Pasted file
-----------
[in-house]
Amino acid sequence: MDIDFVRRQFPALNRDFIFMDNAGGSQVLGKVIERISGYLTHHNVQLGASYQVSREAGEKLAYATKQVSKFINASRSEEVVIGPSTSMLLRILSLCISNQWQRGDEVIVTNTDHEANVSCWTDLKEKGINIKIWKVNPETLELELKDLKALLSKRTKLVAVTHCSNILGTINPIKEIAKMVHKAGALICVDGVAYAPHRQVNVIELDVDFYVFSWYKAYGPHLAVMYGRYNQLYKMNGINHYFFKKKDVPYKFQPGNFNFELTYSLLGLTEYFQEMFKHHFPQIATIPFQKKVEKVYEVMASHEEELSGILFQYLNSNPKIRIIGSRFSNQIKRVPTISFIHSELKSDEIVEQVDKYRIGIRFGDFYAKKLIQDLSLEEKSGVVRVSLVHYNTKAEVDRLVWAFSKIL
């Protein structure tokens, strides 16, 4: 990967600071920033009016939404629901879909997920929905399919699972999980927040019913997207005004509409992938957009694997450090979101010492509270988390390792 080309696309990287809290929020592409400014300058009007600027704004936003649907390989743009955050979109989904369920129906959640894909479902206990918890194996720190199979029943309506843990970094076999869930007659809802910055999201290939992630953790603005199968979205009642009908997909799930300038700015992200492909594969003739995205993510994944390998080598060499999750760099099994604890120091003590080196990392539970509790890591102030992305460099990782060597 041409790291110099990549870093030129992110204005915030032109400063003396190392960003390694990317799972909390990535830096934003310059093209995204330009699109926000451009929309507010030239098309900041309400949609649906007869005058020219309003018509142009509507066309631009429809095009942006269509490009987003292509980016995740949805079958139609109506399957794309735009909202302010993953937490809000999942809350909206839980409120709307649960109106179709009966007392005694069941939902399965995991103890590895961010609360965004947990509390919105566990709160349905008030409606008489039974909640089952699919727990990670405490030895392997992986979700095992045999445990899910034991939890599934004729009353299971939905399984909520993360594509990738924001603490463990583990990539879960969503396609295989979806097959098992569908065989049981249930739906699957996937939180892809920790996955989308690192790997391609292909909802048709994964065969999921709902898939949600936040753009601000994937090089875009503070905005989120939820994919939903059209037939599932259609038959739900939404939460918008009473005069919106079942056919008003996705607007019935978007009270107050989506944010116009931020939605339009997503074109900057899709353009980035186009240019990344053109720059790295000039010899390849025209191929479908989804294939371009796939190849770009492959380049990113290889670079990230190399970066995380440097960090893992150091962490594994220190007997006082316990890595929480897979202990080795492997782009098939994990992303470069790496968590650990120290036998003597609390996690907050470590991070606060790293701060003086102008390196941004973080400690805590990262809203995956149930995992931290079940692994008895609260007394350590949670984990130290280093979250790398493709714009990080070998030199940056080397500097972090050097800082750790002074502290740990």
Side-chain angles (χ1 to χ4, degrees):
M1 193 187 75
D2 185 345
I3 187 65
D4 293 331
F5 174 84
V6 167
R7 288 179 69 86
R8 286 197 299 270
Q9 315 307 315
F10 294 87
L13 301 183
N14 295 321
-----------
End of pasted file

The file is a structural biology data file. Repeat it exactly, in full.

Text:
[in-house]
Amino acid sequence: MDIDFVRRQFPALNRDFIFMDNAGGSQVLGKVIERISGYLTHHNVQLGASYQVSREAGEKLAYATKQVSKFINASRSEEVVIGPSTSMLLRILSLCISNQWQRGDEVIVTNTDHEANVSCWTDLKEKGINIKIWKVNPETLELELKDLKALLSKRTKLVAVTHCSNILGTINPIKEIAKMVHKAGALICVDGVAYAPHRQVNVIELDVDFYVFSWYKAYGPHLAVMYGRYNQLYKMNGINHYFFKKKDVPYKFQPGNFNFELTYSLLGLTEYFQEMFKHHFPQIATIPFQKKVEKVYEVMASHEEELSGILFQYLNSNPKIRIIGSRFSNQIKRVPTISFIHSELKSDEIVEQVDKYRIGIRFGDFYAKKLIQDLSLEEKSGVVRVSLVHYNTKAEVDRLVWAFSKIL
């Protein structure tokens, strides 16, 4: 990967600071920033009016939404629901879909997920929905399919699972999980927040019913997207005004509409992938957009694997450090979101010492509270988390390792 080309696309990287809290929020592409400014300058009007600027704004936003649907390989743009955050979109989904369920129906959640894909479902206990918890194996720190199979029943309506843990970094076999869930007659809802910055999201290939992630953790603005199968979205009642009908997909799930300038700015992200492909594969003739995205993510994944390998080598060499999750760099099994604890120091003590080196990392539970509790890591102030992305460099990782060597 041409790291110099990549870093030129992110204005915030032109400063003396190392960003390694990317799972909390990535830096934003310059093209995204330009699109926000451009929309507010030239098309900041309400949609649906007869005058020219309003018509142009509507066309631009429809095009942006269509490009987003292509980016995740949805079958139609109506399957794309735009909202302010993953937490809000999942809350909206839980409120709307649960109106179709009966007392005694069941939902399965995991103890590895961010609360965004947990509390919105566990709160349905008030409606008489039974909640089952699919727990990670405490030895392997992986979700095992045999445990899910034991939890599934004729009353299971939905399984909520993360594509990738924001603490463990583990990539879960969503396609295989979806097959098992569908065989049981249930739906699957996937939180892809920790996955989308690192790997391609292909909802048709994964065969999921709902898939949600936040753009601000994937090089875009503070905005989120939820994919939903059209037939599932259609038959739900939404939460918008009473005069919106079942056919008003996705607007019935978007009270107050989506944010116009931020939605339009997503074109900057899709353009980035186009240019990344053109720059790295000039010899390849025209191929479908989804294939371009796939190849770009492959380049990113290889670079990230190399970066995380440097960090893992150091962490594994220190007997006082316990890595929480897979202990080795492997782009098939994990992303470069790496968590650990120290036998003597609390996690907050470590991070606060790293701060003086102008390196941004973080400690805590990262809203995956149930995992931290079940692994008895609260007394350590949670984990130290280093979250790398493709714009990080070998030199940056080397500097972090050097800082750790002074502290740990």
Side-chain angles (χ1 to χ4, degrees):
M1 193 187 75
D2 185 345
I3 187 65
D4 293 331
F5 174 84
V6 167
R7 288 179 69 86
R8 286 197 299 270
Q9 315 307 315
F10 294 87
L13 301 183
N14 295 321